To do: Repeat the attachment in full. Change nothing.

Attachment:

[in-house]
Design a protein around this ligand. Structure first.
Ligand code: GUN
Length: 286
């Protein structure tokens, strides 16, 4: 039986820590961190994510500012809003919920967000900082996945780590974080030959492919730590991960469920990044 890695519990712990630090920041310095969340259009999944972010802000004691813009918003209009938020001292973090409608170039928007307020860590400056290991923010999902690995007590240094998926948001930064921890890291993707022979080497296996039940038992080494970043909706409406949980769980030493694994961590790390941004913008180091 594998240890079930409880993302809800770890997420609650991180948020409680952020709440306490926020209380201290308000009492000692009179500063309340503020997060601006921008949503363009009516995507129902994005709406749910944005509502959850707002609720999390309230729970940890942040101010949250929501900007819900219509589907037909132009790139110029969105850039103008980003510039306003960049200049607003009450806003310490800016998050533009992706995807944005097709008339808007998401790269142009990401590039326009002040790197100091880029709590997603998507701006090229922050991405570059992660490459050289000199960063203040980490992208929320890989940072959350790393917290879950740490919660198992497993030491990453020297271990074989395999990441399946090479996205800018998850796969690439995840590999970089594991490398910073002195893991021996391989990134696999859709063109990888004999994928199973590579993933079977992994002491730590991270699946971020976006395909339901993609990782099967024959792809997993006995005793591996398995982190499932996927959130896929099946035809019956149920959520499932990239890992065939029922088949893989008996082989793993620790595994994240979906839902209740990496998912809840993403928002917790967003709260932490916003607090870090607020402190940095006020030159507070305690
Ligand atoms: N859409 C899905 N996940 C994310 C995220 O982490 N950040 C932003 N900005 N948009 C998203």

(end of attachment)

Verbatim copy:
[in-house]
Design a protein around this ligand. Structure first.
Ligand code: GUN
Length: 286
């Protein structure tokens, strides 16, 4: 039986820590961190994510500012809003919920967000900082996945780590974080030959492919730590991960469920990044 890695519990712990630090920041310095969340259009999944972010802000004691813009918003209009938020001292973090409608170039928007307020860590400056290991923010999902690995007590240094998926948001930064921890890291993707022979080497296996039940038992080494970043909706409406949980769980030493694994961590790390941004913008180091 594998240890079930409880993302809800770890997420609650991180948020409680952020709440306490926020209380201290308000009492000692009179500063309340503020997060601006921008949503363009009516995507129902994005709406749910944005509502959850707002609720999390309230729970940890942040101010949250929501900007819900219509589907037909132009790139110029969105850039103008980003510039306003960049200049607003009450806003310490800016998050533009992706995807944005097709008339808007998401790269142009990401590039326009002040790197100091880029709590997603998507701006090229922050991405570059992660490459050289000199960063203040980490992208929320890989940072959350790393917290879950740490919660198992497993030491990453020297271990074989395999990441399946090479996205800018998850796969690439995840590999970089594991490398910073002195893991021996391989990134696999859709063109990888004999994928199973590579993933079977992994002491730590991270699946971020976006395909339901993609990782099967024959792809997993006995005793591996398995982190499932996927959130896929099946035809019956149920959520499932990239890992065939029922088949893989008996082989793993620790595994994240979906839902209740990496998912809840993403928002917790967003709260932490916003607090870090607020402190940095006020030159507070305690
Ligand atoms: N859409 C899905 N996940 C994310 C995220 O982490 N950040 C932003 N900005 N948009 C998203």